If this situation is true, then Ghana cannot afford to be left behind this time around that the world is considered a global village; not forgetting the coming into place of Africa Continental Free Trade Area (AfCFTA).

Adopting new realities

The continuing developments in educational technology, and mobile devices and are providing the end user i.e. students more flexibility in accessing and controlling the creation and sharing of knowledge.

These advances empower students, instructors and faculties in finding new ways to take advantage of how much control students have, thereby increasing their motivation to learn, especially when the right technology is available.

Preparing students for evolving industries 

The 4IR also referred to as ‘Cyber-physical systems (CPSs)’ where technologies take center stage of things, are steadily becoming more integrated into various industries, inevitably affecting the skills requirements for employees.

Research by McKinsey Digital revealed that due to the fourth industrial revolution, 60 percent of all occupations could potentially have at least a third of their activities automated.

For the education system to continue to produce successful graduates, institutions must prepare their students for a world where these cyber-physical systems are prevalent across all industries.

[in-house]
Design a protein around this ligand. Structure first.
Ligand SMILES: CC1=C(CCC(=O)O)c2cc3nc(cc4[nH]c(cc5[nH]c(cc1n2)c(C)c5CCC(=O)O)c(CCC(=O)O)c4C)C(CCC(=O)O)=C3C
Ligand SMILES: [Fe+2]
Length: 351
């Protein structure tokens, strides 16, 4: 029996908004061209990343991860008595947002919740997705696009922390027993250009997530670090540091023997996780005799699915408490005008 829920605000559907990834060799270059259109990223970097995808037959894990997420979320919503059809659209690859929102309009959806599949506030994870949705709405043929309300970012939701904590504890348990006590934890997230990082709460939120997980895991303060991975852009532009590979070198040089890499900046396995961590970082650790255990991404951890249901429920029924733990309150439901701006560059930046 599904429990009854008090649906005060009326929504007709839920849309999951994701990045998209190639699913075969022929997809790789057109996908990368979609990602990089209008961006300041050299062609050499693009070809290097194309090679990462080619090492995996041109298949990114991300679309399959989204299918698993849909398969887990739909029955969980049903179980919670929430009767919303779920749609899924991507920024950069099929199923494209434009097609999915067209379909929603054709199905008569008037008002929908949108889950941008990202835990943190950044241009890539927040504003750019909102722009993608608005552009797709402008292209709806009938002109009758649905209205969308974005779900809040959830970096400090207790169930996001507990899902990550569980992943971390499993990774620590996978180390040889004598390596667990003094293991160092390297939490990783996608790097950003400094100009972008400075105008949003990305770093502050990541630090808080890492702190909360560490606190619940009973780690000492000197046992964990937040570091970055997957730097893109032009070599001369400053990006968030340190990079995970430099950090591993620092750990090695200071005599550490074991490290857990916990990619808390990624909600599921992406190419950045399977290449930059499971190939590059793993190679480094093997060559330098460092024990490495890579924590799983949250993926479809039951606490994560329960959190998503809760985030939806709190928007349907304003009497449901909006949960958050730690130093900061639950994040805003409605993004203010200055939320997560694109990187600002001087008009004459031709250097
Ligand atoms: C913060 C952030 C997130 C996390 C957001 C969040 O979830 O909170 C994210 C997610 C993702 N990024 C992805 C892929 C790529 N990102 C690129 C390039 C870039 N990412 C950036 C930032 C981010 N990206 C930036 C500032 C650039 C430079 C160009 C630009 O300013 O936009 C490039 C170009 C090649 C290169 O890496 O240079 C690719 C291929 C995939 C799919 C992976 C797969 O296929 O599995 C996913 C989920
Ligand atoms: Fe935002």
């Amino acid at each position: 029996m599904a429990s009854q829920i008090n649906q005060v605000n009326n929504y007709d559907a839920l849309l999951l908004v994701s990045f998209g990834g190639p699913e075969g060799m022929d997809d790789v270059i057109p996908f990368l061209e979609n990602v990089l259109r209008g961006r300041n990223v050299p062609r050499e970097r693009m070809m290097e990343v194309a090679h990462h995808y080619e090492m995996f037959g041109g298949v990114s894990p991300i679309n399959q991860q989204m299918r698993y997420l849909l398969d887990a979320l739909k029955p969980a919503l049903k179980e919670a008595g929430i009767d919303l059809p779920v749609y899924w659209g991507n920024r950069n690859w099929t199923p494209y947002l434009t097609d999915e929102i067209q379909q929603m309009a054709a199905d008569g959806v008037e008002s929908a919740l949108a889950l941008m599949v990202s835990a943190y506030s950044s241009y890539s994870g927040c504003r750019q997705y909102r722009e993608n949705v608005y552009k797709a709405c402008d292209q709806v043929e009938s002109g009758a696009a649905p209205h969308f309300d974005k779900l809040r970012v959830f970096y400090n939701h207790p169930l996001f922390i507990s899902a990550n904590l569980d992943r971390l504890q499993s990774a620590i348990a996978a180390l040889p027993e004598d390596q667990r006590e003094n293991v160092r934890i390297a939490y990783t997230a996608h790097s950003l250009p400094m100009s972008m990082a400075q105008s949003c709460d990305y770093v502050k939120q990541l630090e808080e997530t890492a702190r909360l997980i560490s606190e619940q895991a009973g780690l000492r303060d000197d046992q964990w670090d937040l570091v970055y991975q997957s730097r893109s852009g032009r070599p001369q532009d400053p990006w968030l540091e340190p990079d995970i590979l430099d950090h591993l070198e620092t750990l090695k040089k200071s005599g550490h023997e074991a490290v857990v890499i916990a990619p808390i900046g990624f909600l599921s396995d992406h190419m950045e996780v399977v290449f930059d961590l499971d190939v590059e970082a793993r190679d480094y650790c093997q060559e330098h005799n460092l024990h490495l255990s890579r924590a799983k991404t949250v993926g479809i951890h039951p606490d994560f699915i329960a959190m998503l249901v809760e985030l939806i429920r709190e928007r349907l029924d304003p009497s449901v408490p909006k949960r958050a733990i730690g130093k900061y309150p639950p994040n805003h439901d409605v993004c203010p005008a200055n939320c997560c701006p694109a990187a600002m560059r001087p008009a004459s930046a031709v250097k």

By aligning teaching and learning methods with the skills needed in the future, Senior High Schools, Technical and Vocational Education and Training (TVET) institutions and universities can be sure they are successfully preparing their students for the fourth industrial revolution.

Project-based learning which highlights the importance of studying a wide set of skills that can then be applied to each scenario is preferred, as opposed to sticking to a set of skills directly linked to a specific job role.

Undoubtedly, in order to produce more graduates who are prepared to take on the future state of employment, universities must evolve and accept that changes to some traditional processes are inevitable.

In conclusion, 65 years of producing graduates who do not fit into the job market is enough. Enough of the lamentation of a disconnection between education and industry, the time is now let’s use this anniversary as a means to rethink and focus on the future with 4IR in mind.